Book Image

Linux Kernel Programming Part 2 - Char Device Drivers and Kernel Synchronization

By : Kaiwan N Billimoria
Book Image

Linux Kernel Programming Part 2 - Char Device Drivers and Kernel Synchronization

By: Kaiwan N Billimoria

Overview of this book

Linux Kernel Programming Part 2 - Char Device Drivers and Kernel Synchronization is an ideal companion guide to the Linux Kernel Programming book. This book provides a comprehensive introduction for those new to Linux device driver development and will have you up and running with writing misc class character device driver code (on the 5.4 LTS Linux kernel) in next to no time. You'll begin by learning how to write a simple and complete misc class character driver before interfacing your driver with user-mode processes via procfs, sysfs, debugfs, netlink sockets, and ioctl. You'll then find out how to work with hardware I/O memory. The book covers working with hardware interrupts in depth and helps you understand interrupt request (IRQ) allocation, threaded IRQ handlers, tasklets, and softirqs. You'll also explore the practical usage of useful kernel mechanisms, setting up delays, timers, kernel threads, and workqueues. Finally, you'll discover how to deal with the complexity of kernel synchronization with locking technologies (mutexes, spinlocks, and atomic/refcount operators), including more advanced topics such as cache effects, a primer on lock-free techniques, deadlock avoidance (with lockdep), and kernel lock debugging techniques. By the end of this Linux kernel book, you'll have learned the fundamentals of writing Linux character device driver code for real-world projects and products.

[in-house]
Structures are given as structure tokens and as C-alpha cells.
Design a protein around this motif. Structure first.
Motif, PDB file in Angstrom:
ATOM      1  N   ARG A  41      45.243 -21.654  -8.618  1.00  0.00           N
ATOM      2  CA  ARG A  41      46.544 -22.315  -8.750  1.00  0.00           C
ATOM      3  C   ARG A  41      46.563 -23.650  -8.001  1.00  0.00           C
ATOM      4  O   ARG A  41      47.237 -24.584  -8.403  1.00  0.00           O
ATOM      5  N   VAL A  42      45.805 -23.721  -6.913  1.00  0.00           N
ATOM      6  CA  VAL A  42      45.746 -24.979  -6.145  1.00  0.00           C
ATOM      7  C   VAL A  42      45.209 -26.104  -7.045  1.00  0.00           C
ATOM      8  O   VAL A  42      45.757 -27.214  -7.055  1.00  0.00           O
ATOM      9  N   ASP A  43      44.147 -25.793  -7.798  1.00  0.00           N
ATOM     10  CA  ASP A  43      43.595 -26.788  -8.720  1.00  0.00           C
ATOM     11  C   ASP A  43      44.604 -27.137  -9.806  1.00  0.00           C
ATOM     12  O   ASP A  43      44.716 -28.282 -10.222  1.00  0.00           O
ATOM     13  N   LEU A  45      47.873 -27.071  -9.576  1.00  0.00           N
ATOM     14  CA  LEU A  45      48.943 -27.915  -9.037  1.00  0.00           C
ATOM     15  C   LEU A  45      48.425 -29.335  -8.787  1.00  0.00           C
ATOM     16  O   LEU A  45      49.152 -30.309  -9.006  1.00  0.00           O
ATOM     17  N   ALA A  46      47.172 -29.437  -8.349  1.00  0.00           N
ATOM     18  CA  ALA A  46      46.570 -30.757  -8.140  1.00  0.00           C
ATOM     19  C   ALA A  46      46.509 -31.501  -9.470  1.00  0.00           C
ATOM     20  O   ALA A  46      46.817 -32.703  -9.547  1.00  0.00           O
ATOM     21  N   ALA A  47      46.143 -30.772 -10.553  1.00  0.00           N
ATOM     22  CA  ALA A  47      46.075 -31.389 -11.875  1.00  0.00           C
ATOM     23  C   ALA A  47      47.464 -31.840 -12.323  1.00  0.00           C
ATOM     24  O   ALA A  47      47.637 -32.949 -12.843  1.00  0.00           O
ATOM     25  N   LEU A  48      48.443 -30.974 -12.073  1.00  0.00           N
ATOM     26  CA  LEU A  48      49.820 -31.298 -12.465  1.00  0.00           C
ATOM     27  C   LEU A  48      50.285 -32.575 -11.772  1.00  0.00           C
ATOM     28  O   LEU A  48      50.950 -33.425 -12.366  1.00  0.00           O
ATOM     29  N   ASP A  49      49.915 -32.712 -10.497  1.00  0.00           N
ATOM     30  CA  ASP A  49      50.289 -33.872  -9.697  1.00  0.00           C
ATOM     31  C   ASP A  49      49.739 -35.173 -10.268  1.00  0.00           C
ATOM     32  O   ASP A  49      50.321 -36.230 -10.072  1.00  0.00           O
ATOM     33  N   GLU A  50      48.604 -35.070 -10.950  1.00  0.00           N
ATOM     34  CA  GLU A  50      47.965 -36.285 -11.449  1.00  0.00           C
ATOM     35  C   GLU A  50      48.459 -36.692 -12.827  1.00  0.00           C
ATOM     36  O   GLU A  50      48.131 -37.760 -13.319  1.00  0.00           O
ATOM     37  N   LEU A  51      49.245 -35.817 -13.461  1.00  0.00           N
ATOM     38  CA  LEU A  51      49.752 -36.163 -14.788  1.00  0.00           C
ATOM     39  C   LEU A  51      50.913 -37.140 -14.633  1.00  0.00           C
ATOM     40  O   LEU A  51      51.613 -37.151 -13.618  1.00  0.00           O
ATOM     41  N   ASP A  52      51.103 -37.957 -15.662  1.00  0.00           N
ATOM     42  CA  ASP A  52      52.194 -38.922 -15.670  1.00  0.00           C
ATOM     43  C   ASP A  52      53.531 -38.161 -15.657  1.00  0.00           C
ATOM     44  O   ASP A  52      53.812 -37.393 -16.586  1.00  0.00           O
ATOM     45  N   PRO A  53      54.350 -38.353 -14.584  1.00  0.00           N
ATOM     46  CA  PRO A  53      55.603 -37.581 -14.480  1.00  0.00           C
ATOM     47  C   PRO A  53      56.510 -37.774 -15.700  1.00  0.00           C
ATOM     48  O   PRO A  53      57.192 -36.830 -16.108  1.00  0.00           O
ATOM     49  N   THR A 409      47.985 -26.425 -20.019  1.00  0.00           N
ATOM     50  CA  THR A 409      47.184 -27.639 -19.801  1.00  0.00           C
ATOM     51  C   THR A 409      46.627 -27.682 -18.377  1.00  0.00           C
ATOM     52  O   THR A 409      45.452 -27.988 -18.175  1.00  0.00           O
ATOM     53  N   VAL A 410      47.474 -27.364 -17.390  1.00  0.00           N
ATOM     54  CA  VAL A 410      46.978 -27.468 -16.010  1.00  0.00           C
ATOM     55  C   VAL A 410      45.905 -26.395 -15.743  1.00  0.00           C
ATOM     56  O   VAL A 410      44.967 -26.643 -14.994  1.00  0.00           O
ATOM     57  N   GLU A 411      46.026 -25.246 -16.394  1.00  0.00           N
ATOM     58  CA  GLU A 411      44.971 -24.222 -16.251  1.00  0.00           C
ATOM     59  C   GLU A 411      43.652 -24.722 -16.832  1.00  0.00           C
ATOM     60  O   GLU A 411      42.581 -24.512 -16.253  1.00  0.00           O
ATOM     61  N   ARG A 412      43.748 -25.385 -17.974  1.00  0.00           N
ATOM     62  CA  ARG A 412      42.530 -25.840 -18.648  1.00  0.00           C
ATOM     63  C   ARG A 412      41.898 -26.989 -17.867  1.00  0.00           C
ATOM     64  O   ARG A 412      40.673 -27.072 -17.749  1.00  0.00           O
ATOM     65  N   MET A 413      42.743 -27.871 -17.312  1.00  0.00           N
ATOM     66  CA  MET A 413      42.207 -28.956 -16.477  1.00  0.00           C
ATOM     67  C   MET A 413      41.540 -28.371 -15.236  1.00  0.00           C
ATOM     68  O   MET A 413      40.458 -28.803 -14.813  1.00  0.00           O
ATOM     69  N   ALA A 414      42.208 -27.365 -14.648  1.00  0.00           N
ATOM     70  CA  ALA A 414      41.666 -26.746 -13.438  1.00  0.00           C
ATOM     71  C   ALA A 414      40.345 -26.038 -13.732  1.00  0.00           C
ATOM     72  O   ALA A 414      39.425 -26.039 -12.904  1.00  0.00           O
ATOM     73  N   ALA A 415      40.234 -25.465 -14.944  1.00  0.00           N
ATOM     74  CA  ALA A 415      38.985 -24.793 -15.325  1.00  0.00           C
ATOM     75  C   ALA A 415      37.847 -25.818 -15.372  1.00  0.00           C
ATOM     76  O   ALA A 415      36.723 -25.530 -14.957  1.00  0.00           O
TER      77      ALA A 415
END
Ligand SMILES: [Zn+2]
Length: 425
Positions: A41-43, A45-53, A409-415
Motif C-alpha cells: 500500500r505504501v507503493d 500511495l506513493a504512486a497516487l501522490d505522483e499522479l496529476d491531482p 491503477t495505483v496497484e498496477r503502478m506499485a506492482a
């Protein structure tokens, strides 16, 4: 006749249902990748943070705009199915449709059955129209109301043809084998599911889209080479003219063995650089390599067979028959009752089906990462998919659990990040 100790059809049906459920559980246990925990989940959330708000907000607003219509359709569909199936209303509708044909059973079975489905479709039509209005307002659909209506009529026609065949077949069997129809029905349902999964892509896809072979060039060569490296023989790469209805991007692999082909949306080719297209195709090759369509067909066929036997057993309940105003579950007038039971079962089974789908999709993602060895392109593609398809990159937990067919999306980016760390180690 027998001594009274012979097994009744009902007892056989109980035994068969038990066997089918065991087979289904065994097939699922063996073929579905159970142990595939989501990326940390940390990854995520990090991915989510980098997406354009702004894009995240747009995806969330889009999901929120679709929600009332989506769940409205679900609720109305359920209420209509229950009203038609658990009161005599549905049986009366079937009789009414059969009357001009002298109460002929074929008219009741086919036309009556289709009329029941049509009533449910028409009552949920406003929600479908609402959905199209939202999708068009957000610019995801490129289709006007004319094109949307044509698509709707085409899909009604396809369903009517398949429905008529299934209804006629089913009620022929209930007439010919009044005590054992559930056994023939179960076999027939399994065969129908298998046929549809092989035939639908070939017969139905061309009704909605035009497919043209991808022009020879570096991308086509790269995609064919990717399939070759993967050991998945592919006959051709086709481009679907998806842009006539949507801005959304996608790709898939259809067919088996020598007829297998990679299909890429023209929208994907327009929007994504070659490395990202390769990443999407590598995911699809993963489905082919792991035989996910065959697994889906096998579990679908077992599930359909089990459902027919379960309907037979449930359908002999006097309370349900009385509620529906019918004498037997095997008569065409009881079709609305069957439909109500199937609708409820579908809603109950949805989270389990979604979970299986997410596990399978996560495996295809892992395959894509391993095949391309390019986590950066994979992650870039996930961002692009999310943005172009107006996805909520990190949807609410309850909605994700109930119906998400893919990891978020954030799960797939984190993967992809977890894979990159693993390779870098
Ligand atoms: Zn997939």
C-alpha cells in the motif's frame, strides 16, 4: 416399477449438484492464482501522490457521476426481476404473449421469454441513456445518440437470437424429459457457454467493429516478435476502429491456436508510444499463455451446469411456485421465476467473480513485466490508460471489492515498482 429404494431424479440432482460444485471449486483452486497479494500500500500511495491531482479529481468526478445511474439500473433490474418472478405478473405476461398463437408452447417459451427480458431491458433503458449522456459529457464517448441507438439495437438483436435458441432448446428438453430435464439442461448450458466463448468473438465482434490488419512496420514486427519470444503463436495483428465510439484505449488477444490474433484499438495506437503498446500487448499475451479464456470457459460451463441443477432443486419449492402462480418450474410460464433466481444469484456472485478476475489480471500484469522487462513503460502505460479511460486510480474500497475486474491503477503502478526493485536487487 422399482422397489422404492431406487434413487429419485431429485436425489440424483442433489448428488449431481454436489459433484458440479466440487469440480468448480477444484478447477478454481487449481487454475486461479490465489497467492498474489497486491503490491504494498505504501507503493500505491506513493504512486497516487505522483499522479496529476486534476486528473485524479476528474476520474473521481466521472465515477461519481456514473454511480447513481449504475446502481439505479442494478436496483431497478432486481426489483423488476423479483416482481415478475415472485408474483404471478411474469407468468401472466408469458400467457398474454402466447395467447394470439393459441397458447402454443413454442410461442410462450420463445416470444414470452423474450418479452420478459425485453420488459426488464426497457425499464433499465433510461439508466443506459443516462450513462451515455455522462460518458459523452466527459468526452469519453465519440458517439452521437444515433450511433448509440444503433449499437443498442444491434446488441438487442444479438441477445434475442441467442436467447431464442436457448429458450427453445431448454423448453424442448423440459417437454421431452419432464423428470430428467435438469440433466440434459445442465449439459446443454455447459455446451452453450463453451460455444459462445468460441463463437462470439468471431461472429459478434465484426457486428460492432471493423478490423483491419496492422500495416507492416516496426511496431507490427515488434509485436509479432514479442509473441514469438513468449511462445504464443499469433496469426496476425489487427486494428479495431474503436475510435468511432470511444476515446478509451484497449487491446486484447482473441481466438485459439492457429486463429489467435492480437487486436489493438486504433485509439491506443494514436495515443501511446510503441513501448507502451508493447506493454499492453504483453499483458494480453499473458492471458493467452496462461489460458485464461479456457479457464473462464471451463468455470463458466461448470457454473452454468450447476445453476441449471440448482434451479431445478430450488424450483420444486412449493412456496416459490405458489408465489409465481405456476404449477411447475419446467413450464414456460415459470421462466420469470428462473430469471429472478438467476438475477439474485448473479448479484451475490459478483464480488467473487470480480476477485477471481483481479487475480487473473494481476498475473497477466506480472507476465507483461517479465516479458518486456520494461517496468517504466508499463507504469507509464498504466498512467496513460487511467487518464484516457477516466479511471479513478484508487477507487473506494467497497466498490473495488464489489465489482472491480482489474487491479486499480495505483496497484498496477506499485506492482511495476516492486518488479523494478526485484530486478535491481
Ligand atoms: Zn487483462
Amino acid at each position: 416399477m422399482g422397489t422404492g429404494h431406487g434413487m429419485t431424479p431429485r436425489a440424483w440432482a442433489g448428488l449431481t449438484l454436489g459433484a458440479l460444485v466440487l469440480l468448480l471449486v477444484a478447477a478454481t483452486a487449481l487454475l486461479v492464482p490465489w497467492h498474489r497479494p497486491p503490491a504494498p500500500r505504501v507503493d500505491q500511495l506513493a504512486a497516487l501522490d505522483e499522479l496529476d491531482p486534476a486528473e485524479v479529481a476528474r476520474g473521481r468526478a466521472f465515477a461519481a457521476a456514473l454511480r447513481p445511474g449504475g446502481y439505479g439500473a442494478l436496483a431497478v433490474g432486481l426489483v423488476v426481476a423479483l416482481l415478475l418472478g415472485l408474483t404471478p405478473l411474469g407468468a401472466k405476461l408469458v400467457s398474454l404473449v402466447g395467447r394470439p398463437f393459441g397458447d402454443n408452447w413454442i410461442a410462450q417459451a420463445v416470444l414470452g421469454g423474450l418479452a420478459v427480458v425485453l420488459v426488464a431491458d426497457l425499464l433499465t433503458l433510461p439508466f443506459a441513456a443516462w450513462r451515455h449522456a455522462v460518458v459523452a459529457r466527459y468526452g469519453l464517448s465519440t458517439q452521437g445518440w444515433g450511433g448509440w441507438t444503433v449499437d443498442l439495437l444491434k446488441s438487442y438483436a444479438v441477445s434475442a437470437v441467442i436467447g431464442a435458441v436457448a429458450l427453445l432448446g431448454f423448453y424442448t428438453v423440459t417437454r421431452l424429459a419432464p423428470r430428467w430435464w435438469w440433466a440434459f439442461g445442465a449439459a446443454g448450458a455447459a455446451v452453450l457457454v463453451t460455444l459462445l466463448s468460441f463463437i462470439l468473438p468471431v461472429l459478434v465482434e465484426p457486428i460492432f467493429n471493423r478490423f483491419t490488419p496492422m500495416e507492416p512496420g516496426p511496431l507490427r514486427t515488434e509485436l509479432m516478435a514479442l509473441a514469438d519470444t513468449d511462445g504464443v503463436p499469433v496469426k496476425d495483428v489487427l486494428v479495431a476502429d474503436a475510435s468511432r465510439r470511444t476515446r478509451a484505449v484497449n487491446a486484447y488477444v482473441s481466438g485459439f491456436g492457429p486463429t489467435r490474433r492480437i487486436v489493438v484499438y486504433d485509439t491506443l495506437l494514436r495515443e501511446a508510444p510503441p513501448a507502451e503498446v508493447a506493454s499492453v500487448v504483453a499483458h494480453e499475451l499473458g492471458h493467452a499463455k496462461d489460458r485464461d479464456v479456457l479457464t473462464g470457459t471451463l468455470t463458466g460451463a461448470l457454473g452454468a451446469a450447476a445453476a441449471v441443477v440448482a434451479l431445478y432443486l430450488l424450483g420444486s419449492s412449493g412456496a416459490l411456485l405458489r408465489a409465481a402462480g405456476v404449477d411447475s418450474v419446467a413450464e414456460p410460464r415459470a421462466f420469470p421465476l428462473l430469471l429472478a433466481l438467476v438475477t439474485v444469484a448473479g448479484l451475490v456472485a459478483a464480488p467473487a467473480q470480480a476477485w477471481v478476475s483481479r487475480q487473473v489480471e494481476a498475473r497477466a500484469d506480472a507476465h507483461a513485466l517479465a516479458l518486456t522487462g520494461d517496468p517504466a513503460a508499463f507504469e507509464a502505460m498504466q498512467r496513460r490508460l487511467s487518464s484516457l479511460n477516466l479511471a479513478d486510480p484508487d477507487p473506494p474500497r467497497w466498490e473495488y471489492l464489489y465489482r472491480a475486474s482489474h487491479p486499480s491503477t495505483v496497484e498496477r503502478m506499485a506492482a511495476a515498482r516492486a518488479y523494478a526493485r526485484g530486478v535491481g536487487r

Table of Contents (11 chapters)
1
Section 1: Character Device Driver Basics
3
User-Kernel Communication Pathways
5
Handling Hardware Interrupts
6
Working with Kernel Timers, Threads, and Workqueues
7
Section 2: Delving Deeper

Per-CPU – an example kernel module

A hands-on session with our sample per-CPU demo kernel module will definitely help in using this powerful feature (code here: ch13/2_percpu). Here, we define and use two per-CPU variables:

  • A statically allocated and initialized per-CPU integer
  • A dynamically allocated per-CPU data structure

As an interesting way to help demo per-CPU variables, let's do this: we shall arrange for our demo kernel module to spawn off a couple of kernel threads. Let's call them thrd_0 and thrd_1. Furthermore, once created, we shall make use of the CPU mask (and API) to affine our thrd_0 kernel thread on CPU 0 and our thrd_1 kernel thread on CPU 1 (hence, they will be scheduled to run on only these cores; of course, we must test this code on a VM with at least two CPU cores).

The following code snippets illustrate how we define and use the per-CPU variables (we leave out the code that creates the kernel...